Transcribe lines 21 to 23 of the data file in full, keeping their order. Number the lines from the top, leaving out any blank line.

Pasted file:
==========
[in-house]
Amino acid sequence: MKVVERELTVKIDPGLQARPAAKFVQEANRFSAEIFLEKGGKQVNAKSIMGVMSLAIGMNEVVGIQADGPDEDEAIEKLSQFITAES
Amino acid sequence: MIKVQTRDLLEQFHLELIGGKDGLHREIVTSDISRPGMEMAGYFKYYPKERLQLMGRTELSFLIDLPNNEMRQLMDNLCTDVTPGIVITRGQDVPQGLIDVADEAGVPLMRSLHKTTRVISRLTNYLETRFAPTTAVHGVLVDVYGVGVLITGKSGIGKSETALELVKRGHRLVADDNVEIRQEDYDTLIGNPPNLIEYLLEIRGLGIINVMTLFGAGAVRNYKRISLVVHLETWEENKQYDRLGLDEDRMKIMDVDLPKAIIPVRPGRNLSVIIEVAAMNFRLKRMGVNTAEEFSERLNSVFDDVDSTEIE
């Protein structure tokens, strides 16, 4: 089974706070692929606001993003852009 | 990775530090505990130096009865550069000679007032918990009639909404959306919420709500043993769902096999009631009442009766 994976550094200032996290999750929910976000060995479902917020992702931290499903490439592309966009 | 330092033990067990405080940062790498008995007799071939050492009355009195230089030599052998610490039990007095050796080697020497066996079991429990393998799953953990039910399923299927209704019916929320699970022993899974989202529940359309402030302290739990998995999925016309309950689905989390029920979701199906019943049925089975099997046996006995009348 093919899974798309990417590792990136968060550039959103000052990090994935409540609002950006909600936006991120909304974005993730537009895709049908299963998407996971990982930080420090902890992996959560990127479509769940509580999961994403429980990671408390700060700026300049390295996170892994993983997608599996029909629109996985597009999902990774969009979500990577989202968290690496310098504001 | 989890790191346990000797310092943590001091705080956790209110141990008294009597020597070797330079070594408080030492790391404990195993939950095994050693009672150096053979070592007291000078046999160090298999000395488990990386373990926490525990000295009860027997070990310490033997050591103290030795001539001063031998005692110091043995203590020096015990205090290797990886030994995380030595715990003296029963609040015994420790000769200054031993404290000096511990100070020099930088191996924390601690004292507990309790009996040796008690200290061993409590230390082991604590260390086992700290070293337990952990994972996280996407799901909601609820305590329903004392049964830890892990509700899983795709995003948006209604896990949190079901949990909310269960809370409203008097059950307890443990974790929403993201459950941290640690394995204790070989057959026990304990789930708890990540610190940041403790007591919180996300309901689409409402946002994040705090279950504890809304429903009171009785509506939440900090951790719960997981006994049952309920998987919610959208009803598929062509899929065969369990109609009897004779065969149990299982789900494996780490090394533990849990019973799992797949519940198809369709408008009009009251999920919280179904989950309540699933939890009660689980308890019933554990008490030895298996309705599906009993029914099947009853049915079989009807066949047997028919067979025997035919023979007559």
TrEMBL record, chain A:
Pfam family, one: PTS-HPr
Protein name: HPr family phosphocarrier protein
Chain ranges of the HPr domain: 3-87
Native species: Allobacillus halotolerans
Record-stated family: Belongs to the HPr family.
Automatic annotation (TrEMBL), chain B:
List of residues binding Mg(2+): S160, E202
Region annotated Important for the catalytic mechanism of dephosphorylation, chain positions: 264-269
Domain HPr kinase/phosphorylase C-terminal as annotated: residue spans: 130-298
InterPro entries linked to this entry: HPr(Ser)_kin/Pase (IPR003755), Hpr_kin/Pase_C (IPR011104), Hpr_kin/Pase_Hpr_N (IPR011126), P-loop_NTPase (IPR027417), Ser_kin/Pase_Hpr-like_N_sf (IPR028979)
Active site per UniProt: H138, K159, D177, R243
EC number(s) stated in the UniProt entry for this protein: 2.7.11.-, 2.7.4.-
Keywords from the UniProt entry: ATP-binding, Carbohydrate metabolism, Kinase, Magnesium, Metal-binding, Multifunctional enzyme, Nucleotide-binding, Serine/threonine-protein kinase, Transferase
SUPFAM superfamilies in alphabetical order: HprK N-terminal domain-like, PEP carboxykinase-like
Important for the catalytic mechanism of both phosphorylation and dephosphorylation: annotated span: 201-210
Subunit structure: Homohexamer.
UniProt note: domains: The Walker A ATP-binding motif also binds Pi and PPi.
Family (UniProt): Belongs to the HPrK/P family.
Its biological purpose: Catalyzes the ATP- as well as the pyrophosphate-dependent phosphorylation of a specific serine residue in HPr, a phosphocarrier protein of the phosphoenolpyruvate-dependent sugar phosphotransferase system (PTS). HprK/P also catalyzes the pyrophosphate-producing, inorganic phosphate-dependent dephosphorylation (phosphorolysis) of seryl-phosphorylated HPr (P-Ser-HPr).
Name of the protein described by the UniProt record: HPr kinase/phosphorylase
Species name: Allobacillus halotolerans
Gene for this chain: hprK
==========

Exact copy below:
Subunit structure: Homohexamer.
UniProt note: domains: The Walker A ATP-binding motif also binds Pi and PPi.
Family (UniProt): Belongs to the HPrK/P family.